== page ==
Even though nobody had yet put an exact price on the damage September’s strong earthquake caused in Mexico, it was already clear who people thought should shell out for rebuilding. More than 1.8 million Mexicans signed a Change.org petition calling on the country’s political parties to pay it out of their funds.

Politicians are an easy target these days, widely considered corrupt, unaccountable and inefficient. At the end of 2016, an annual survey on trustworthiness by the consultancy Mitofsky placed them last in a list of 17 Mexican institutions, alongside the police and the unions. The country’s citizens are most likely to place their trust in universities, the church and the military.

The current party of government, the Partido Revolucionario Institucional (Institutional Revolutionary Party, PRI) saw an opportunity in the crisis, sending out its leader, Enrique Ochoa, to proclaim that it would make all the state funding it receives until the end of the year available for victims of the earthquake. Moreover, the PRI would try to pass a reform withdrawing public subsidies for political parties and get rid of seats in parliament elected by list, halving the number of members and saving 11bn pesos (about €500m) according to PRI figures. The reform would come into effect before the presidential and parliamentary elections next year.

The first part of that declaration got the public cheering so loudly (a survey by radio station Imagen said that 90 per cent of Mexicans were in favour of the proposal) that the second part – and the effect it will have – was drowned out. While the other parties were still scraping around trying to work out what was going on, PRI grandees were already in attack mode on social media. ‘The other parties are not fulfilling their promises to the victims,’ Ochoa tweeted.

Protest, if any, came from a small number of intellectuals, warning Mexicans against the diabolical package of measures. ‘I don’t think the people of this country really want political campaigns to be financed by the drugs mafia and corporates,’ said Lorenzo Córdova, head of the national electoral commission, adding that it was not advisable to change the rules of a campaign that was already underway. Political scientist José Antonio Crespo at the Centre for Economic Research and Teaching said this kind of reform would ‘very clearly favour the PRI. Removing public financing will remove parties’ ability to operate autonomously, while scrapping proportional representation will benefit the biggest party most – ie the PRI.’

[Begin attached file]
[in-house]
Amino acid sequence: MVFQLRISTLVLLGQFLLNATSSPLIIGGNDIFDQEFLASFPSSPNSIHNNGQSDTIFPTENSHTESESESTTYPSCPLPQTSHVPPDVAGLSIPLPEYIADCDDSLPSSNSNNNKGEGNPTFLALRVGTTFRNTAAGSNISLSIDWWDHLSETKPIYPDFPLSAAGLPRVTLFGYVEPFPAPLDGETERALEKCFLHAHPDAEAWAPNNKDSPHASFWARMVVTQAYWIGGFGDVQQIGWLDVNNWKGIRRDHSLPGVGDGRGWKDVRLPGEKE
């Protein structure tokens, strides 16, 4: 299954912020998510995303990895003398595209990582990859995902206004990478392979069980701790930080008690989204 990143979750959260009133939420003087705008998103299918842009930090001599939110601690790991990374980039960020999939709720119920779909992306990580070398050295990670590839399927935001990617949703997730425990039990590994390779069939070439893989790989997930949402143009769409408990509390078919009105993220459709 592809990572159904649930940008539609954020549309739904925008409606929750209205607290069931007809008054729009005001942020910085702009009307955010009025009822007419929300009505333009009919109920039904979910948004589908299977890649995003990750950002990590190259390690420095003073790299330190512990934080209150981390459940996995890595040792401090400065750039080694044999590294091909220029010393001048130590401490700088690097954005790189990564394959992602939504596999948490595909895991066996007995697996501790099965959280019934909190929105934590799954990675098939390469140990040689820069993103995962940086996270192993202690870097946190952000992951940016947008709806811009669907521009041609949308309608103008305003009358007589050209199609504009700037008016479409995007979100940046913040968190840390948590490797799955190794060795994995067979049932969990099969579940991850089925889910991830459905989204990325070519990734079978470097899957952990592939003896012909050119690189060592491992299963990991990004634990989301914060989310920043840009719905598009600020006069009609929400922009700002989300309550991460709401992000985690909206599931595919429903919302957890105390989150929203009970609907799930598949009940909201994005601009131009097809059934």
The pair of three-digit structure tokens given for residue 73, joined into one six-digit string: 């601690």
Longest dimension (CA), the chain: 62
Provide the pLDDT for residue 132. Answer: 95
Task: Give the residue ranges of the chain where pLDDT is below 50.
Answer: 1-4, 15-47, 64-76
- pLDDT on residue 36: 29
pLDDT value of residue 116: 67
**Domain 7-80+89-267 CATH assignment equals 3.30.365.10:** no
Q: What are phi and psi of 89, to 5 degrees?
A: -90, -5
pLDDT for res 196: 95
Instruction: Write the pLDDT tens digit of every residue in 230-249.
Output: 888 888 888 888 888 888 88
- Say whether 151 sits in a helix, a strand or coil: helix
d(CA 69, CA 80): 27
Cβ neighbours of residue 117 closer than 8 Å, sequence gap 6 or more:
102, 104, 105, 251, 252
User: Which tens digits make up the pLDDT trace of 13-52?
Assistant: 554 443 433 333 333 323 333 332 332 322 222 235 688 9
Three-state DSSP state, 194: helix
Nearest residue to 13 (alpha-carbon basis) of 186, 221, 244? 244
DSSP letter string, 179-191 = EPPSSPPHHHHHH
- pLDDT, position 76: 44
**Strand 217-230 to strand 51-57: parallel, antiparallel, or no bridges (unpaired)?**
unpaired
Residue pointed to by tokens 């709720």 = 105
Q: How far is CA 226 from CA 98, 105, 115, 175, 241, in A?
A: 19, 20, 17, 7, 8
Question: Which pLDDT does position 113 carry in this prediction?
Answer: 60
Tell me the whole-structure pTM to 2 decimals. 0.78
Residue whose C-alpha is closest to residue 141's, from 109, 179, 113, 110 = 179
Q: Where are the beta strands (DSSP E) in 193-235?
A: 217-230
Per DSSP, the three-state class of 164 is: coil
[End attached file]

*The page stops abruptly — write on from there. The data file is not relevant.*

Turning fewer votes into more seats is, of course, exactly what the former state party is looking to do now that scandals and embezzlement have depleted its political capital. In the 1990s, it was still able to form governments alone with an absolute majority; now, its electoral base has shrunk to 25 per cent according to most recent surveys.

Nevertheless, in a political landscape like Mexico’s, this kind of base brings many advantages – especially since the Partido Acción Nacional (National Action Party, PAN) is tearing itself apart due to internal conflicts while the left-wing Partido de la Revolución Democrática (Party of the Democratic Revolution, PRD) has long been suffering from the loss of its most radical wing, Morena, under Andrés Manuel López Obrador, who has announced his intention to stand for president.

Then there are the independents, looking to throw their hats into the ring for the first time and profit from the visible wear and tear suffered by the established parties. The 2014 electoral reform allows independent candidates; when the PRI put it through, it was already thinking about how to fragment the party landscape. The PRI, however, already profits from considerable advantages: it has a well-structured nationwide grass-roots organisation and access to the federal budget (and thus the means to finance political campaigns and open vote-buying). What it didn’t like, however, was the proposed two-round voting system put forward by political scientists and citizens’ groups. The PRI refused to put it through, and it’s obvious why. In Mexico, there is a clear anti-PRI majority, but its potential cannot be realised without a second round of voting.

And Mexico is no isolated case: Brazil is seeing a similar attempt by discredited established parties to ensure their political survival in the face of approaching elections in 2018, by any means necessary. In Brazil, too, it is widespread corruption that has soured the country’s voters on existing parties; the difference is that the country’s largely independent judiciary is having a clear-out, arresting hundreds of politicians and businesspeople following a scandal involving the state oil concern Petrobrás and private corporations in sectors such as construction and meat, all of whom had been pouring money into a well-organised illegal party donations scheme.